The Real Do-It-All Sportbike
The Ninja 1000 thankfully...
The Ninja 1000 thankfully ditches the tiny LCD instrument panel of the Z1000 for a unit from the ZX-6R, with a much more easily read-at-a-glance analog tachometer paired with an LCD for the digital speedometer and other vital functions.
Given that the Z1000's engine, chassis, and suspension return basically unchanged in the Ninja 1000, it stands to reason that the former's agile yet rider-friendly handling and torque-monster of an engine would be retained in the latter. No surprise then; as with its semi-naked forebear, there's excellent torque from as low as 2500 rpm from the smooth, counterbalancer-equipped powerplant. An impressively flat torque curve means that shifting becomes more an option than a requirement when carving twisty sections of road, and a one-tooth-smaller rear sprocket mellows out top-gear cruising rpm for both fuel efficiency and less vibration in the rpm range where the counterbalancer isn't as functional (as in a steady 80 mph, where just a few vibes make themselves known through the bars).
Despite the slightly taller gearing, there's still enough steam on tap to easily loft the front end without provocation in the lower gears, which also translates to plenty of quick acceleration to launch you from point A to point B swiftly enough to get your attention. The best part is that you don't have to keep a close eye on the tach to access that speed; highway traffic passes or strong corner exits are but a twist of the wrist away, with no thought spared for the shift lever. Throttle response is smooth and crisp, allowing early application to use that torque to your advantage. Let the Ninja 1000 stretch its legs, and you'll find that it combines a quick-revving nature with that torque that eats up the upper half of the tachometer surprisingly fast. Like the Z1000, this Kawasaki is no pushover when it comes to performance (strangely, Kawasaki has fitted the Ninja with a top speed limiter - representatives weren't sure exactly what speed, although we'd wager on the far side of 150 mph - while the Z1000 apparently doesn't need one due to its lack of fairing resulting in an "aerodynamic limiter").
The Ninja 1000 uses the same...
The Ninja 1000 uses the same horizontally mounted rear shock setup as the Z1000, but with a stepped seven-position preload collar instead of the Z1000 shock's threaded unit.
While the suspension components obviously aren't supersport-spec, they're plenty capable for the type of speeds the Ninja 1000 is likely to encounter. The fully adjustable 41mm inverted fork and horizontally mounted rear shock (adjustable for spring preload - via a stepped preload ring instead of the Z1000's threaded adjuster - and rebound damping only) do an admirable job of straddling the line between sportbike firm and sport-touring compliant. Sharper bumps tend to get transmitted to the chassis (and then the rider), but most everything else is handled without complaint - provided the suspension is set up correctly. With the more pillion-friendly accommodations, optional hard luggage accessories, and added weight from the fairing and larger fuel tank, the suspension adjustability is crucial to avoid handling issues caused by uneven weight distribution.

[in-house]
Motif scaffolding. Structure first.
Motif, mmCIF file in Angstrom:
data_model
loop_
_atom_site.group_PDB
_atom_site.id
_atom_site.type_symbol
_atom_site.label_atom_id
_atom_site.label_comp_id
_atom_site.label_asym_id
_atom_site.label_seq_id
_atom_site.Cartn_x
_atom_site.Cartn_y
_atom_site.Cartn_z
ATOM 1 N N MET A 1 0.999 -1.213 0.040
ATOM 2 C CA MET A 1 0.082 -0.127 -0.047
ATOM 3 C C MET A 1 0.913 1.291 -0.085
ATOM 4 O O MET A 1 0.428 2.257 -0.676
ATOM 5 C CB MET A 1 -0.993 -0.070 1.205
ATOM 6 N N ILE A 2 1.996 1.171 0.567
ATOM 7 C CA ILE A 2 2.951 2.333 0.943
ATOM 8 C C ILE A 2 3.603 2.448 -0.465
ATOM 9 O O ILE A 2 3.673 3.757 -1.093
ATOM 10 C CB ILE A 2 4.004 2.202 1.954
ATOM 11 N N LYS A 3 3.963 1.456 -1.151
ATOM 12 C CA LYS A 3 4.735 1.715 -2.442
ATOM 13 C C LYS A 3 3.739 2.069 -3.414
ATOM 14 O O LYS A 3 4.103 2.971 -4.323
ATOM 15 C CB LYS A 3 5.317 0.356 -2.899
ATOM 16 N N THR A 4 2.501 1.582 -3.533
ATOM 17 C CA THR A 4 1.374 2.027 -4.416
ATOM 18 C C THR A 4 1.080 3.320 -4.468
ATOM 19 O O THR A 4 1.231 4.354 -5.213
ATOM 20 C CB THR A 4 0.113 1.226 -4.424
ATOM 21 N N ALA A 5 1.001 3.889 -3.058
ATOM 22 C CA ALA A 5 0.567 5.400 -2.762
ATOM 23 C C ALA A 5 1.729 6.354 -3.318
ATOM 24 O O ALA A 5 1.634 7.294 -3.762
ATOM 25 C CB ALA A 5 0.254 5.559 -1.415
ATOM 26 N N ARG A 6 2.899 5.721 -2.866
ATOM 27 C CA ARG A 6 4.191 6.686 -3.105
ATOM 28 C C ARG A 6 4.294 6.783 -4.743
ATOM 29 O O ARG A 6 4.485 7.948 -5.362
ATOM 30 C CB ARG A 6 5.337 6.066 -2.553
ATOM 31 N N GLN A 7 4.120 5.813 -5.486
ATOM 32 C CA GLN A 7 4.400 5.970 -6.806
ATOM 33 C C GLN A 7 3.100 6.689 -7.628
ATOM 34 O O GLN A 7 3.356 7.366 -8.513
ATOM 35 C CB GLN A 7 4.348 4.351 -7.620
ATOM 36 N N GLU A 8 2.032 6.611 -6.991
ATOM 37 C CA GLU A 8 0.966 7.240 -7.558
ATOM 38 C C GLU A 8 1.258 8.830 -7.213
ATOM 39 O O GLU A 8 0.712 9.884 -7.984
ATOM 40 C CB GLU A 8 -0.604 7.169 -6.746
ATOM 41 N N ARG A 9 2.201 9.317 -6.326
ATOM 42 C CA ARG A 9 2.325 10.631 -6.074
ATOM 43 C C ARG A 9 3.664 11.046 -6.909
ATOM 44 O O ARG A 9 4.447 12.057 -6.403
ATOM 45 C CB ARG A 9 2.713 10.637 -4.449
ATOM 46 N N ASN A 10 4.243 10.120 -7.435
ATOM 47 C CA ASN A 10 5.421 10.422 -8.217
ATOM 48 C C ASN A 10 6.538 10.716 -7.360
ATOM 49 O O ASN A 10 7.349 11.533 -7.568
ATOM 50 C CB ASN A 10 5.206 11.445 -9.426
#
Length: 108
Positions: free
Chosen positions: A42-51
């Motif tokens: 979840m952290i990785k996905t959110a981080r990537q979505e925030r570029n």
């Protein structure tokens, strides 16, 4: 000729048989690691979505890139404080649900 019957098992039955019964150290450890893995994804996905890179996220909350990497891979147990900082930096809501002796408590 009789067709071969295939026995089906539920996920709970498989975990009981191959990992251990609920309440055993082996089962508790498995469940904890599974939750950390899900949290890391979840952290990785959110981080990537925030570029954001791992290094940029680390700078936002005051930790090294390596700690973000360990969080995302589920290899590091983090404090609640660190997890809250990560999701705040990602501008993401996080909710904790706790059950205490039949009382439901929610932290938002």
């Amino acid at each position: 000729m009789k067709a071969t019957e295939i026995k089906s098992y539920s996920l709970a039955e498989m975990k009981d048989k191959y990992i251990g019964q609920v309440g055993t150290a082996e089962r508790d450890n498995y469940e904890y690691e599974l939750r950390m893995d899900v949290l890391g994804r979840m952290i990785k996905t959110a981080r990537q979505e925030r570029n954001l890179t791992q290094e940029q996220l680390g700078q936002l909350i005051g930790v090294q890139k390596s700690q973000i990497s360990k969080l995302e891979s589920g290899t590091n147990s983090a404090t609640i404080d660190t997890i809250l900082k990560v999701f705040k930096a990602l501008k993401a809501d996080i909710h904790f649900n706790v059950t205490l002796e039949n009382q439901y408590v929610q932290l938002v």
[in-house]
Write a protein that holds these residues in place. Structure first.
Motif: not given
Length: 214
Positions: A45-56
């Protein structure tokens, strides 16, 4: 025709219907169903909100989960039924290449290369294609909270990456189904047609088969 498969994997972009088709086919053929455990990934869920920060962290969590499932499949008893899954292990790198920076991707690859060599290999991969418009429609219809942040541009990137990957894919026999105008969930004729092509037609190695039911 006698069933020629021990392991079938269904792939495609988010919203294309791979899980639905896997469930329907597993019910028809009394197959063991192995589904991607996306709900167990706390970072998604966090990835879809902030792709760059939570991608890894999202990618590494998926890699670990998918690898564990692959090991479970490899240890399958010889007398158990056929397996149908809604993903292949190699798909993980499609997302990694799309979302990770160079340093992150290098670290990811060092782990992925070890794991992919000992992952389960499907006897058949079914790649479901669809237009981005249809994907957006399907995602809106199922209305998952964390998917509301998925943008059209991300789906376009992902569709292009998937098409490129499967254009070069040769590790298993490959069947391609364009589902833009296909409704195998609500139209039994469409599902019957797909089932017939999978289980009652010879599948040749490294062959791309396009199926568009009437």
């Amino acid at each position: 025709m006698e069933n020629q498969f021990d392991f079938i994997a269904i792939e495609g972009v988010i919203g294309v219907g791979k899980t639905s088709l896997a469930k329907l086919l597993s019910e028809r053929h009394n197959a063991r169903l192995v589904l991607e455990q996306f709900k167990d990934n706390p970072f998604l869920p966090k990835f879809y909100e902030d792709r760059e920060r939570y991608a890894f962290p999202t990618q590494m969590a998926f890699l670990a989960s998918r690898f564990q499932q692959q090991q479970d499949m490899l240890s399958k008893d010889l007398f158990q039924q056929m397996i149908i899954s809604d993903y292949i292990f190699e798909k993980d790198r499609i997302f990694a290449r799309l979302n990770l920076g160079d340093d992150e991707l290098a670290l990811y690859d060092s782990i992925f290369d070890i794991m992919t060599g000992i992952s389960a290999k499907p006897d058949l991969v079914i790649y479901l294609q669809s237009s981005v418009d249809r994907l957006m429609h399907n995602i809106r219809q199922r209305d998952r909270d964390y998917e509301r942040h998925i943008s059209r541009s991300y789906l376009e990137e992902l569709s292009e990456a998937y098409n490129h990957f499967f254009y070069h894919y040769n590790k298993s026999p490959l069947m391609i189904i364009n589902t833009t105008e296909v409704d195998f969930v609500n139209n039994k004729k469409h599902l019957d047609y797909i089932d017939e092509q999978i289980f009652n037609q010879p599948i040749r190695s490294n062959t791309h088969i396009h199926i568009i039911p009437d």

As expected with the same chassis and running gear, the Ninja 1000 retains the agile yet affably neutral steering habits of its naked cousin. Although the bar angle is only slightly changed and height is basically the same, we found the upper ergos of the Ninja 1000 to be a surprising improvement over the Z1000, with the bars' more rigid feel and inward angle contributing to easier and more positive steering inputs while feeling more comfortable to boot. The OEM-spec Dunlop D210 Sportmax rubber offers quick handling, a fairly smooth ride, and decent grip, although considering the Ninja's extended range capability, their life expectancy might be a little suspect; our naked bike group test in the December 2010 issue ("Strip Search") found the D210's wear rates on the Z1000 to be a bit excessive.
For some reason, the brake pads on our test bike initially felt as if they weren't bedded in quite yet, but a few miles of moderate use quickly returned them to the brakes we remembered from the Z1000: strong, linear feel, with a crisp response that has just enough edge taken off of it to keep less-experienced riders from getting themselves into trouble at first application.
Although it looks very similar...
Although it looks very similar to the Z1000 perch, both of the Ninja 1000's seats feature 10mm thicker foam, with the passenger seat also getting rubber dampers underneath for additional support.
Speaking of comfy ergos and extended range capability, this is where the Ninja 1000 fulfills the potential of the Z1000's basic package. While the naked bike certainly isn't a major offender in this area, the Ninja 1000's full fairing does a good job of keeping wind - and engine heat - away from the rider's legs, and when adjusted to its highest setting, ditto for the windblast on the rider's torso (despite outward appearances, don't expect any difference to the airflow on your helmet; in its forward-most position, the windscreen is too far away to have any effect there, even at speeds above 80 mph). The thicker-padded seat and rubber-mounted pegs make longer rides more palatable, and when paired with the more natural positioning of the bars, the Ninja 1000 makes a very appealing sport-touring companion - with the emphasis on sport. But the icing on the cake is the larger 5.0-gallon fuel tank. Instead of forcing you to frantically search for a gas station at 135 miles, the Ninja 1000 can easily saunter out to the 165-mile range, especially when you factor in the taller gearing. It's no surprise that the majority of the accessories available for the new Kawasaki are aimed at increasing its touring potential (hardbags, rear top case, heated grips, etc.).